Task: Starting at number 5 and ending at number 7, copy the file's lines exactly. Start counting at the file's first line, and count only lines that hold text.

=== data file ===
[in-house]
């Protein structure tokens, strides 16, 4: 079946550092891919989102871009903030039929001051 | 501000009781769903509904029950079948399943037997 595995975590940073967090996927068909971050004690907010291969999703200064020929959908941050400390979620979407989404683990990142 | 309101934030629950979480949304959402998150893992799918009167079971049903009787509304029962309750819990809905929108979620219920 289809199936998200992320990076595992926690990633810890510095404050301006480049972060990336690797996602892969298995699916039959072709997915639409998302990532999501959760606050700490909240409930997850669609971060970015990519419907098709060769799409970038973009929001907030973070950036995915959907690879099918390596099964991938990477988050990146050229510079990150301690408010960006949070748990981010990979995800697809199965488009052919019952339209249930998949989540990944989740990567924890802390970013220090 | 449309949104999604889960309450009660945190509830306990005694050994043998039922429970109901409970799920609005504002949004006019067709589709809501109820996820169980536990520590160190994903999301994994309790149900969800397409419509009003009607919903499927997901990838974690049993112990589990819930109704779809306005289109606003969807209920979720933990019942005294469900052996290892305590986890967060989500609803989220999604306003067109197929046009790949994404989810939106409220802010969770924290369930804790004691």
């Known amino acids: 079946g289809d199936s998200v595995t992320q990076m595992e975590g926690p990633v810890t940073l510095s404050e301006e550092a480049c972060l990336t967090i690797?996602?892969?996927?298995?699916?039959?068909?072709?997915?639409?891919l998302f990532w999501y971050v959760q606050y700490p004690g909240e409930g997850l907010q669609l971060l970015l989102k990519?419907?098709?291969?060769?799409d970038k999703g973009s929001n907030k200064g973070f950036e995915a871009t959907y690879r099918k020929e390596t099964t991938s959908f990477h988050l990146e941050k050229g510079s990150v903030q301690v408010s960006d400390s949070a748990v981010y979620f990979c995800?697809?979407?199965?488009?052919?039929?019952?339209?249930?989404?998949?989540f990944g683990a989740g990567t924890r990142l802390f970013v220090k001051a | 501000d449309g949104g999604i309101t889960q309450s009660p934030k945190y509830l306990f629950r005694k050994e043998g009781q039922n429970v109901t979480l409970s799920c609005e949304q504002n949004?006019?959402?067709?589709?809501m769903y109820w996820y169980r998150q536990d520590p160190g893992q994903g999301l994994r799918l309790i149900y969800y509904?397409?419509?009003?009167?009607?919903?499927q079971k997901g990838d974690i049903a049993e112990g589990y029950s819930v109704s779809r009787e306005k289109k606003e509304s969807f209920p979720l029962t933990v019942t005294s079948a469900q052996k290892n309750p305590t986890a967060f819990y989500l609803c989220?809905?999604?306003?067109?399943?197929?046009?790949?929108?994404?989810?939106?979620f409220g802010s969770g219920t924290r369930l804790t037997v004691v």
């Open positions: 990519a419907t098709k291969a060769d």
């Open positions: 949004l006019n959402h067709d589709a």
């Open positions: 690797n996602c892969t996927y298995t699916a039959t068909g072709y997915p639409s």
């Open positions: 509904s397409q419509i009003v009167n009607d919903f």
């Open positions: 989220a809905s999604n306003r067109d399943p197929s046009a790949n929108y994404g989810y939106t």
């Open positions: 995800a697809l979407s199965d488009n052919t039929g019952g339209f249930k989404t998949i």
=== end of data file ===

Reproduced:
């Open positions: 949004l006019n959402h067709d589709a």
């Open positions: 690797n996602c892969t996927y298995t699916a039959t068909g072709y997915p639409s």
């Open positions: 509904s397409q419509i009003v009167n009607d919903f």